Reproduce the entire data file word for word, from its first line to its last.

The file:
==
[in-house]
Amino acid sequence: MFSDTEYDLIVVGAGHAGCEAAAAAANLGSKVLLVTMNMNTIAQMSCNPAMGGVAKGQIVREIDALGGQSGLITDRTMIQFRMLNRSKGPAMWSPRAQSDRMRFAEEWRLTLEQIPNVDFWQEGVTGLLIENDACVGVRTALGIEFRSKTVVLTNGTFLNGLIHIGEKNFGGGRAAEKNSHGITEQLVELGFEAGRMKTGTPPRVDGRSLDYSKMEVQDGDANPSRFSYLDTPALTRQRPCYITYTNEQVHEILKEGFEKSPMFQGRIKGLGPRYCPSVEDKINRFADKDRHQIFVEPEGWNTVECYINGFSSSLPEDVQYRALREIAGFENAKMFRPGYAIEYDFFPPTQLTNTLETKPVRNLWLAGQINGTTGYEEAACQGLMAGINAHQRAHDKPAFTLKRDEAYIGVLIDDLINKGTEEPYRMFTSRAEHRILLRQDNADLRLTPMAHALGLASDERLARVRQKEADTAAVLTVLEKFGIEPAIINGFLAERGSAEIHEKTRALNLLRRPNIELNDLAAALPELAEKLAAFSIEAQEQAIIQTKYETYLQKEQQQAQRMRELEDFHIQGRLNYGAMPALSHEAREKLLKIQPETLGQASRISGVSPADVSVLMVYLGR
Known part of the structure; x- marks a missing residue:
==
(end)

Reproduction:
[in-house]
Amino acid sequence: MFSDTEYDLIVVGAGHAGCEAAAAAANLGSKVLLVTMNMNTIAQMSCNPAMGGVAKGQIVREIDALGGQSGLITDRTMIQFRMLNRSKGPAMWSPRAQSDRMRFAEEWRLTLEQIPNVDFWQEGVTGLLIENDACVGVRTALGIEFRSKTVVLTNGTFLNGLIHIGEKNFGGGRAAEKNSHGITEQLVELGFEAGRMKTGTPPRVDGRSLDYSKMEVQDGDANPSRFSYLDTPALTRQRPCYITYTNEQVHEILKEGFEKSPMFQGRIKGLGPRYCPSVEDKINRFADKDRHQIFVEPEGWNTVECYINGFSSSLPEDVQYRALREIAGFENAKMFRPGYAIEYDFFPPTQLTNTLETKPVRNLWLAGQINGTTGYEEAACQGLMAGINAHQRAHDKPAFTLKRDEAYIGVLIDDLINKGTEEPYRMFTSRAEHRILLRQDNADLRLTPMAHALGLASDERLARVRQKEADTAAVLTVLEKFGIEPAIINGFLAERGSAEIHEKTRALNLLRRPNIELNDLAAALPELAEKLAAFSIEAQEQAIIQTKYETYLQKEQQQAQRMRELEDFHIQGRLNYGAMPALSHEAREKLLKIQPETLGQASRISGVSPADVSVLMVYLGR
Known part of the structure; x- marks a missing residue: